Nemesis Saga #4: Project Hyperion

Project Hyperion Book Cover Project Hyperion
Nemesis Saga
Jeremy Robinson
Smashwords Edition
September 22, 2015
e-book, paperback


Jon Hudson has become more than just the director of the Department of Homeland Security’s Fusion Center–Paranormal. He is now a husband and a father, surrounded by a team who have become a family. So when a series of strange new threats rise from the depths and fall from the sky, the stakes are higher than ever.


While Maigo, the young woman who was once a part of the kaiju known as Nemesis, goddess of vengeance, and Lilly, a chimera cat-woman, sneak off to investigate Big Diomede, an island with an ancient secret inside Russian territory, two monsters fall from the sky. One heads for Tokyo, the other for the already battered Boston. Tsunamis rise from the depths, leveling cities. The two new kaiju—Giger and Lovecraft—follow close behind, bringing death and destruction with them. And Hudson realizes the horrible truth: the Aeros, an alien race plotting mankind’s destruction, have sent these kaiju in advance.


Drawn by the chaos, and by her connection to people she and her new ‘voice,’ Katsu Endo, are fond of, Nemesis rises to the defense of humanity. But the Queen of the Monsters is not alone. Maigo and Lilly unleash an ancient protector known as Hyperion, and the first battle for the fate of the human race, in all dimensions, begins.


We are finally to Project Hyperion, the most recent book in Robinson’s Kaiju series. This book had me excited; the other books within the series had been pretty good for the most part and this one has a giant robot on the cover so now we are getting some mecha action along with our giant monsters. Overall, Project Hyperion was not that great. The key issue was that Robinson tried to do way too much in a single story. On top of that, the “over the top” sci-fi action and logic (or lack thereof) was even more outrageous than normal. We are not talking like…Sharknado territory, but still well within the realm of a SyFy original film.

First off, the monsters (and robot) featured in the book. Nemesis is obviously back and there is not much to say about her. Due to the events of the last book, she is a bit more on the side of “protect humanity” as opposed to “kill other monsters, collateral damage be damned”. Aside from that, Nemesis is Nemesis. Two other new monsters also debut; a creature inspired by H.P. Lovecraft’s work and a creature that looks like the monsters from the Alien films (xenomorphs). Within the book itself, characters reference the connection between these two monsters and their resemblance to Lovecraft/Alien. It seemed lazy for Robinson to blatantly rip off other monsters from other works. Furthermore, it makes the book a lot duller. If you have read Lovecraft and/or seen Alien, these monsters bring nothing new to the table. Designing original monsters would have been better, despite the half-hearted explanation the characters give about how humanity has been influenced to fear and hate fictional monsters that will probably look like the real ones that invade.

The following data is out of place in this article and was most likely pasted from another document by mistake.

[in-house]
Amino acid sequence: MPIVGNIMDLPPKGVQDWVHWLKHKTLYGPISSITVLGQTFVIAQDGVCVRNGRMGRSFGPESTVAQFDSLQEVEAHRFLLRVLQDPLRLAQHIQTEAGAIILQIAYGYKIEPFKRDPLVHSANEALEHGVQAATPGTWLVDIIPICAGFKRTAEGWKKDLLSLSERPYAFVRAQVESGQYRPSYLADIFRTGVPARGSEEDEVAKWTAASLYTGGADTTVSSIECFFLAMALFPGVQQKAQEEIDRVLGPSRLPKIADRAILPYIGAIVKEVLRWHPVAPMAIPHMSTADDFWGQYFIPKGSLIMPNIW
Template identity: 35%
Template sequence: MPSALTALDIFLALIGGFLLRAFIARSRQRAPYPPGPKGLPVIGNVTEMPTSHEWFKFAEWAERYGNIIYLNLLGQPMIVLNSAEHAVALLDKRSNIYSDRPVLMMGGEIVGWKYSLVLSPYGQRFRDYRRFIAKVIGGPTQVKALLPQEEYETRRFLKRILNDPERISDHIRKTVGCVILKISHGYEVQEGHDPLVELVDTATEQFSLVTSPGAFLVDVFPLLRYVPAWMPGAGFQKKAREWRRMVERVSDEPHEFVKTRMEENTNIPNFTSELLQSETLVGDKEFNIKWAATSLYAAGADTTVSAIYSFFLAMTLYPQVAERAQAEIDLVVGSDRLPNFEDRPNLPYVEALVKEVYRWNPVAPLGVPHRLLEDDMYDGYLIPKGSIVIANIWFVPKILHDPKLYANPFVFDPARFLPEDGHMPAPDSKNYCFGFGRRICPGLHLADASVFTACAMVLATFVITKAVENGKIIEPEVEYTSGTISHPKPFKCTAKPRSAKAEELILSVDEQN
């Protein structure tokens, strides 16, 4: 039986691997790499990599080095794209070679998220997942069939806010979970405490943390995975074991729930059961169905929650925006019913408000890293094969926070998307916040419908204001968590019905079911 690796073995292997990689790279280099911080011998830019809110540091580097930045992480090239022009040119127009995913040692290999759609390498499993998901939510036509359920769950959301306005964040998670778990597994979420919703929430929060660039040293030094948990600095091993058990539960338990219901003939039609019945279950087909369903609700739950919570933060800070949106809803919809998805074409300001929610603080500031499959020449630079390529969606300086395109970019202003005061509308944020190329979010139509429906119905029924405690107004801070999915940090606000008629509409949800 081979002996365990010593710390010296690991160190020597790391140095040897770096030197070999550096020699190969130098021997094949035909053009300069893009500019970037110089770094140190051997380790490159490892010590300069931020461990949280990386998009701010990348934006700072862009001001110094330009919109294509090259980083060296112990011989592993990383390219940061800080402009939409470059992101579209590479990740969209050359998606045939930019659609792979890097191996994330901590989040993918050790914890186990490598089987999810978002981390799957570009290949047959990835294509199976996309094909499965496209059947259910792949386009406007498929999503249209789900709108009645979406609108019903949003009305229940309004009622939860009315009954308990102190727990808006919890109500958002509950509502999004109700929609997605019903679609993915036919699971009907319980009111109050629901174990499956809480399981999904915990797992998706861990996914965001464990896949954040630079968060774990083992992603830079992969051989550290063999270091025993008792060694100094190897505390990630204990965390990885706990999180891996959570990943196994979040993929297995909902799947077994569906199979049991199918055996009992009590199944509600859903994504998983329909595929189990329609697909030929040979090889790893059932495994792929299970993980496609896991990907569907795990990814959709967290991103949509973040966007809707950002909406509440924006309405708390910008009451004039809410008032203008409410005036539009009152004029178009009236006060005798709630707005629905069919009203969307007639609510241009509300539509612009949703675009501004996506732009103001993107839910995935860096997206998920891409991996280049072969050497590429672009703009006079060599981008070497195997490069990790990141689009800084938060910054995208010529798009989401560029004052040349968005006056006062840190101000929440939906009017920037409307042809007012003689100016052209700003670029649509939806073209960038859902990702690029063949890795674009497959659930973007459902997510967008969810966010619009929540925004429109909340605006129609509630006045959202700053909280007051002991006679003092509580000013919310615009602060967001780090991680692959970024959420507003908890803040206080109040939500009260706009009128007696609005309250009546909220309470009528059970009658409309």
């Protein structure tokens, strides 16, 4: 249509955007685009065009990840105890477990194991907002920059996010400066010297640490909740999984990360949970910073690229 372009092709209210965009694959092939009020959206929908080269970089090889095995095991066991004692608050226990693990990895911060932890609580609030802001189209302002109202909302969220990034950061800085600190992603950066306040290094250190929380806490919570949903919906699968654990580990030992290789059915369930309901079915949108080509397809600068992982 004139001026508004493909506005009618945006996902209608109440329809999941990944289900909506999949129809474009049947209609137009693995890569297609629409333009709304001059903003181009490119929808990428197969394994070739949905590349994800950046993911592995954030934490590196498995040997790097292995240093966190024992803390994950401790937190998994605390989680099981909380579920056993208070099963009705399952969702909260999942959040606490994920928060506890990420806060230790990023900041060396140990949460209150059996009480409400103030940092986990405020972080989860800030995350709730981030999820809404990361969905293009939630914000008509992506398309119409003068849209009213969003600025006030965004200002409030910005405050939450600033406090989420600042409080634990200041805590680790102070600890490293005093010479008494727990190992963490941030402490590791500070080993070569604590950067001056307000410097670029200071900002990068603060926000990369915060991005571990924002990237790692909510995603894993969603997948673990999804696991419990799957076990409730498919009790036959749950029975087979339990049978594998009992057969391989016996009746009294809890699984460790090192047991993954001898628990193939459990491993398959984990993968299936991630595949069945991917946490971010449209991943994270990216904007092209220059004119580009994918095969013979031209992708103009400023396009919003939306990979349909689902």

This story also introduces Hyperion, the book’s namesake and the first giant robot of the series. Giant robots have long been a staple in kaiju films (looking at you, MechaGodzilla) and Hyperion was one of the few things done well in this story. The robot was not too overpowered, it provided some nifty backstory, and it finally gives the human characters a way to directly fight monsters, instead of just knocking them down with bombs that cannot injure them until Nemesis shows up to finish the job.


            Throwing Ferox/Aeros war storyline into the Kaiju series was not a good move. Just having aliens is fine; they are a staple in kaiju films just as much as giant robots are. But you have these two sides, one seeing humanity as a threat and the other seeing them as cannon fodder, and as Earth is about to be caught up in this massive war that has been raging for untold thousands of years, Hudson and the other characters are just like, “We’ll get ready for war and fight them off.” Why are these people making all the decisions against a legitimate alien invasion? Where are the various leaders of the world’s nations and their militaries? If it was just random aliens invading Earth, it would be a lot easier to roll with the punches here.


But this book establishes that there are also alternate realities and that the Aeros are trying to conquer them all. How do these other realities even work? Is it like Transformers where there are a set number of universes? Or are there infinite realities based on minute decisions like “the difference between Realities A and B is that in A you had a peanut butter and jelly sandwich instead of egg salad for lunch on February 3, 1987”?


            Overall, this book feels more like an intermediary story. The purpose of Project Hyperion was more to set things up for the fifth book than to tell a story of its own, and almost any book that does that is not going to be amazing. Also, at the end of this book, Robinson retcons one of his older books, Nazi Hunter Atlantis (also called I Am Cowboy), into the Kaiju storyline. Just like he did with Raising the Past at the end of Project 731. Considering how horrible Raising the Past was, the Cowboy-Nazi book seems iffy.

Next week we will step away from the world of giant monsters as I begin to review Disney’s new Star Wars Expanded Universe, starting with the young adult book Lost Stars.

November 29, 2015

Leave a Reply